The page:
The primary air is admitted at a ratio of about 5 parts primary air to 1 part gas for manufactured gas, and a 10 to 1 ratio for natural gas. These ratios are generally used as theoretical values of air for purposes of complete combustion. Most atmospheric injection burners operate efficiently on 40 to 60 percent of the theoretical value.

The excess air required depends on several factors, notably the following:

• Uniformity of air distribution and mixing
• Direction of gas travel from the gas burner
• The height and temperature of the combustion chamber

The secondary air is drawn into the burner by natural draft. Excess secondary air constitutes a loss and should be reduced to a proper minimum (usually not less than 25 to 35 percent). All yellow-flame gas burners depend exclusively on secondary air for combustion.

The Bunsen burner flame is bluish and practically nonluminous. A yellow flame indicates dependence entirely on secondary air for combustion. Primary air is regulated by means of an adjustable shutter. For manufactured gas, the air supply is regulated by closing the air shutter until yellow flame tips appear and then by opening the air shutter to a final position at which the yellow tips just disappear. This type of flame obtains ready ignition from port to port and favors quiet flame extinction. When burning natural gas, the air adjustment is generally made to secure as blue a flame as possible.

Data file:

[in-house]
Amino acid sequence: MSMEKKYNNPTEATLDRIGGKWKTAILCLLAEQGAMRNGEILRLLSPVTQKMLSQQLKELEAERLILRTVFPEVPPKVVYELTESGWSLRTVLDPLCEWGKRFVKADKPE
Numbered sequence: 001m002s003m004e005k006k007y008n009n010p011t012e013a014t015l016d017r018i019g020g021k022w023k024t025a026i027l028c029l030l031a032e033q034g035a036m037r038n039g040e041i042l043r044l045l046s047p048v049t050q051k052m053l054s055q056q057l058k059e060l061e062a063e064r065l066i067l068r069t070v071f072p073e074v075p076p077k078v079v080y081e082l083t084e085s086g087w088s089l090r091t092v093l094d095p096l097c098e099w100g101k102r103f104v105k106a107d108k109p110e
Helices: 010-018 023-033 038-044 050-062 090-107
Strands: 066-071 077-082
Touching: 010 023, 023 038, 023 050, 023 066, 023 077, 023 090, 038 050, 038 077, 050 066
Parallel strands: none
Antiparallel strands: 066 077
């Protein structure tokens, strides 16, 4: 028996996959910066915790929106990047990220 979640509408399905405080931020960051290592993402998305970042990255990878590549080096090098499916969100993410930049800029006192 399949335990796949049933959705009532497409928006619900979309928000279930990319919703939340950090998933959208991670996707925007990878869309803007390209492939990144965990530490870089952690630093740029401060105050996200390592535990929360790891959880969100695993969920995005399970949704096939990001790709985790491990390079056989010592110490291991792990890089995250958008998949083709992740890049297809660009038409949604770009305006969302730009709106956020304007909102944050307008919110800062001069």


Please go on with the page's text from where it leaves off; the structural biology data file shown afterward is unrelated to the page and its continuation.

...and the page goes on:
The division of air into primary and secondary types is a matter of burner design, the pressure of gas available, and the type of flame desired.

The gas should flow out of the burner ports fast enough so that the flame cannot travel or flash back into the burner head. The velocity must not be so high that it blows the flame away from the port. In an all-yellow flame, flame flashback cannot occur, and a much higher velocity is needed to blow off the flame.